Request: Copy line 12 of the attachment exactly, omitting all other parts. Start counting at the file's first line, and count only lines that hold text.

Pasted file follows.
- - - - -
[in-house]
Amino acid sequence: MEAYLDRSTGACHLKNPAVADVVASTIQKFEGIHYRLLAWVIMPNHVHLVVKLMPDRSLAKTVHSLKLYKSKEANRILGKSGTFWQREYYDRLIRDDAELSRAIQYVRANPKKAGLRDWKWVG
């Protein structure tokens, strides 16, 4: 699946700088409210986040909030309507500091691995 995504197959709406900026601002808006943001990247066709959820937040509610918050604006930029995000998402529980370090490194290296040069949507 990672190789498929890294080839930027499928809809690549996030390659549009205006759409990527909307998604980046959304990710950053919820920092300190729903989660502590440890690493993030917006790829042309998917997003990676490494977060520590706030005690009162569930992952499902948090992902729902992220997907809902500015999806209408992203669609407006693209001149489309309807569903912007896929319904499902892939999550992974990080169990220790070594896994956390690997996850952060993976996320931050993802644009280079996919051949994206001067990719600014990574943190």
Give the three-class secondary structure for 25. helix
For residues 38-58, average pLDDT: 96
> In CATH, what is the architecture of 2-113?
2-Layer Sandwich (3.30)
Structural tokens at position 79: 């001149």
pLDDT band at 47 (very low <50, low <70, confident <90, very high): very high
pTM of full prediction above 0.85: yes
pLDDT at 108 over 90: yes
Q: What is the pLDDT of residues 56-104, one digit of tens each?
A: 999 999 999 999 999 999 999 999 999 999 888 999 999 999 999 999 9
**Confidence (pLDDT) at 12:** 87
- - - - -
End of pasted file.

Q: What is the pLDDT of residues 56-104, one digit of tens each?